ICE will provide training and education to IMAGE partners on proper hiring procedures, fraudulent document detection, and anti-discrimination laws. ICE will also share data with employers on the latest illegal schemes used to circumvent legal hiring processes. Furthermore, ICE will review the hiring and employment practices of IMAGE partners.


Those companies that comply with the terms of IMAGE will become “IMAGE certified,” a distinction that ICE says could become an industry standard.


In order to participate in the program, companies must first agree to a Form I-9 audit by ICE. They must also use the Basic Pilot Employment Verification program when hiring employees. In order to become IMAGE-certified, partners must also adhere to a series of best practices. These include the creation of internal training programs for completing employment verification forms and detecting fraudulent documents. IMAGE partners must also arrange for audits by neutral parties and establish protocols for responding to no-match letters from the Social Security Administration. ICE is also asking employers to establish a tip line for employees to report violations and mechanisms for companies to self-report violations to ICE. A full list of best practices can be found at www.ice.gov .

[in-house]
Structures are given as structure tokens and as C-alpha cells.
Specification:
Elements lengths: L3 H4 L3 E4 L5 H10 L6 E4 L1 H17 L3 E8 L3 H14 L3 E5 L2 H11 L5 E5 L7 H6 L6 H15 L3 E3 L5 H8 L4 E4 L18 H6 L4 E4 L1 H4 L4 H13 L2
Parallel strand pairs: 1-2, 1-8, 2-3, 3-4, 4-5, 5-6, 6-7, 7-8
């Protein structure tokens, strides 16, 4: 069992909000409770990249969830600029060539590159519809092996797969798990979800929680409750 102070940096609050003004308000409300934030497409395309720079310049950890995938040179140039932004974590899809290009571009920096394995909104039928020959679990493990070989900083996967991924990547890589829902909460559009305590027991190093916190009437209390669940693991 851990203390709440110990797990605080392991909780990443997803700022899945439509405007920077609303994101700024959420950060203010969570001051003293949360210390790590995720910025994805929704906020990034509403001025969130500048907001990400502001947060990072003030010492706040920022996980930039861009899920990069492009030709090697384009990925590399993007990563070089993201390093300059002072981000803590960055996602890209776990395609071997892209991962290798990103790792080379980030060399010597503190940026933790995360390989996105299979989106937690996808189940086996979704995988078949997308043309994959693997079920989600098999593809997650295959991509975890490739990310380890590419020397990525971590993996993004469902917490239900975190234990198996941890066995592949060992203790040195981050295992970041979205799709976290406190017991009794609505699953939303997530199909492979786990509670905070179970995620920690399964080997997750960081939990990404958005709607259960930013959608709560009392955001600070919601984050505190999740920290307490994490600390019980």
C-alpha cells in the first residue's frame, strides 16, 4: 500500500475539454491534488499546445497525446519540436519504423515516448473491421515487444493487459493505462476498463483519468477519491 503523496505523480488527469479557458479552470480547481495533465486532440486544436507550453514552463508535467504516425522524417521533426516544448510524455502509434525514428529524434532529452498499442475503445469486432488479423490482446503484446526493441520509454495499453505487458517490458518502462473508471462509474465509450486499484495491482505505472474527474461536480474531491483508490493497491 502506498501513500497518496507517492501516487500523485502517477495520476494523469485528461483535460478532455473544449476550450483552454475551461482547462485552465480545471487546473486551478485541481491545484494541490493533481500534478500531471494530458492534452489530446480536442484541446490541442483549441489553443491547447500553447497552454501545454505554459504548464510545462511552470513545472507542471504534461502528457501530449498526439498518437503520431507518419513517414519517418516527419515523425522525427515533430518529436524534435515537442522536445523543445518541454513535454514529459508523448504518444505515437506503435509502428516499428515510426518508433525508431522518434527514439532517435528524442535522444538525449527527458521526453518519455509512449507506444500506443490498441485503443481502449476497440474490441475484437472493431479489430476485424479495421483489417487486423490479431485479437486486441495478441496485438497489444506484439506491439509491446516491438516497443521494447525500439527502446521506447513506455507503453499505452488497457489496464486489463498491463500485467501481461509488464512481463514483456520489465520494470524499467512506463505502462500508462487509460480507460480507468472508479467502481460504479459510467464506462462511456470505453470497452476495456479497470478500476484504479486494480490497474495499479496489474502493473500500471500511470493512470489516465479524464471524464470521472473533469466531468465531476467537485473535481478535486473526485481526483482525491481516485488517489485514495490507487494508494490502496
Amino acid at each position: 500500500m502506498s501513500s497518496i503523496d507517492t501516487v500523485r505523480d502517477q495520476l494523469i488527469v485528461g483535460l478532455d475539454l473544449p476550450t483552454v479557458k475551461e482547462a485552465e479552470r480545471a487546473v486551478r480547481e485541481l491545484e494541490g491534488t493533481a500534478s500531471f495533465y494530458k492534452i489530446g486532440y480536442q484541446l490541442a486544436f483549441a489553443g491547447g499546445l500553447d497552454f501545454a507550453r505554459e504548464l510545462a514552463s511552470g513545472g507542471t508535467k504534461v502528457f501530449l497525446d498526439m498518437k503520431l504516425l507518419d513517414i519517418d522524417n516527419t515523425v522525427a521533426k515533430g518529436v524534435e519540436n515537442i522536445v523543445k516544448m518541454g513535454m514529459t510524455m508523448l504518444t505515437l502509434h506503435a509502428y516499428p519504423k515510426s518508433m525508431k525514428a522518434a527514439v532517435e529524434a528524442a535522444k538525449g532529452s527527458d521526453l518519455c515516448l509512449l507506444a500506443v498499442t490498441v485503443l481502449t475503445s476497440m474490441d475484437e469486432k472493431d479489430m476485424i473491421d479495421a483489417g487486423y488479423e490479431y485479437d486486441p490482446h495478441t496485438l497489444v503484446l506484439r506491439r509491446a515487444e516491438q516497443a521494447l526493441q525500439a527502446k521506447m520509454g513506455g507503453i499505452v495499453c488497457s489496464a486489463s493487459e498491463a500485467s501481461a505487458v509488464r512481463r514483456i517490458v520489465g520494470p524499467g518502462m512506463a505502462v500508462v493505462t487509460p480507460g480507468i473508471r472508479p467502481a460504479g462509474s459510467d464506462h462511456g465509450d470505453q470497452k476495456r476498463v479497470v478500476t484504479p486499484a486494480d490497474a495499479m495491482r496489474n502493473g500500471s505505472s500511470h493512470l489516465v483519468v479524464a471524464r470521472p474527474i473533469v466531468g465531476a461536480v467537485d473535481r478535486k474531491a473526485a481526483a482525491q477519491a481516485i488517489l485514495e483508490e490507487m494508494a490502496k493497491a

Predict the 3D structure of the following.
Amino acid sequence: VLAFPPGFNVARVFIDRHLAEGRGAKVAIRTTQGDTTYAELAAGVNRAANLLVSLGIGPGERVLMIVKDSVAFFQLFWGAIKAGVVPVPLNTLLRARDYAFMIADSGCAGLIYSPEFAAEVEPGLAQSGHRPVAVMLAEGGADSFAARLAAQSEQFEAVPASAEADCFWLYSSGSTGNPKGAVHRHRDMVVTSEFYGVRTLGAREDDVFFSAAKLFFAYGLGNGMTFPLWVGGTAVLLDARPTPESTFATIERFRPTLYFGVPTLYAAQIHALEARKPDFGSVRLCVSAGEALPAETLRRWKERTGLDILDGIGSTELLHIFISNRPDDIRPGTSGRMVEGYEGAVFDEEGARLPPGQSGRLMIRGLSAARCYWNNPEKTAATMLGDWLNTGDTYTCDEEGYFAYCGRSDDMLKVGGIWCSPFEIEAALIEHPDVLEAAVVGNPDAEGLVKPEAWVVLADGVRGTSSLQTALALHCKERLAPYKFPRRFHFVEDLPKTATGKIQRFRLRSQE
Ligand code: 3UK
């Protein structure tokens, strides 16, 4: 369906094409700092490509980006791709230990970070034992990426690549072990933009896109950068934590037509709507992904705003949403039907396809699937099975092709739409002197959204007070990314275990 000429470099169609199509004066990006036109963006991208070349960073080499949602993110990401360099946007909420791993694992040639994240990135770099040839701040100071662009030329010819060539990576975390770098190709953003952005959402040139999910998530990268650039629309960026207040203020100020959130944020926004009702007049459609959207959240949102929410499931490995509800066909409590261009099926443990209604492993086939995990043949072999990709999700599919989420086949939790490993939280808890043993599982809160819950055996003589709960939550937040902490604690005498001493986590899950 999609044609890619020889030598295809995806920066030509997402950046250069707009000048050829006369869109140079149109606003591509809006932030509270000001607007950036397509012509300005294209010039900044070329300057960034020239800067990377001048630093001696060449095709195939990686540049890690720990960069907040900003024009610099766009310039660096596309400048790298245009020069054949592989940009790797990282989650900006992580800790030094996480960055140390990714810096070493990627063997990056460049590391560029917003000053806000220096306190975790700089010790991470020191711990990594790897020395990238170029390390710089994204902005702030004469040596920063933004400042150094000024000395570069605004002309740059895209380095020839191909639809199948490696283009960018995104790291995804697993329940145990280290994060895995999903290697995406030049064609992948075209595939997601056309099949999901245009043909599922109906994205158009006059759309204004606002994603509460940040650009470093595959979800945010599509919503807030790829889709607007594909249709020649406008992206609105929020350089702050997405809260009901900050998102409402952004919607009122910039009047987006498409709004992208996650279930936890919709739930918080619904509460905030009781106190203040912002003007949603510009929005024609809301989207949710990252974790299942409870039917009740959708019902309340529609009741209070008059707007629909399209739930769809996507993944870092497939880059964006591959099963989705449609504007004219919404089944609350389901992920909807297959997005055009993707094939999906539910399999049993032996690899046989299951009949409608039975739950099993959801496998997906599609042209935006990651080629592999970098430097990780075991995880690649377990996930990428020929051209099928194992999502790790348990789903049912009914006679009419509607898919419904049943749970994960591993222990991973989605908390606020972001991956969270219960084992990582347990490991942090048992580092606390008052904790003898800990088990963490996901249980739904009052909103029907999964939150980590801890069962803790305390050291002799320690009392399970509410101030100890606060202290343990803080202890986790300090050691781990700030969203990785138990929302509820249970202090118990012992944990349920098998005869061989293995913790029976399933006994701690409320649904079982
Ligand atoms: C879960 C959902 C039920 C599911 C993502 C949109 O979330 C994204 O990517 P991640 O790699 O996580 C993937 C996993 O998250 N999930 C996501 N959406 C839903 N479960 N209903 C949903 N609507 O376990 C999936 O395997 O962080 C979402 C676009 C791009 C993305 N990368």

U.S. said helpless in hiring of aliens

Via The Washington Post
06/19/2006

The federal government is not capable of helping employers determine
whether workers in the U.S. are illegal aliens, a government official
will testify before a Senate subcommittee this afternoon.

    Richard M. Stana, director of homeland security and justice
for the Government Accountability Office, said that two decades after
Congress ordered the government to create a program to prevent the
hiring of illegals, such a program still doesn’t exist.

    Immigration specialists have “found that the single most
important step that could be taken to reduce unlawful immigration is
the development of a more effective system for verifying work
authorization,” Mr. Stana said in prepared testimony obtained by The
Washington Times.

Continue reading

Immigration reform could hurt construction

Via SouthCostToday.com
05/12/2006

Controversial immigration
legislation currently under consideration in Congress could bring about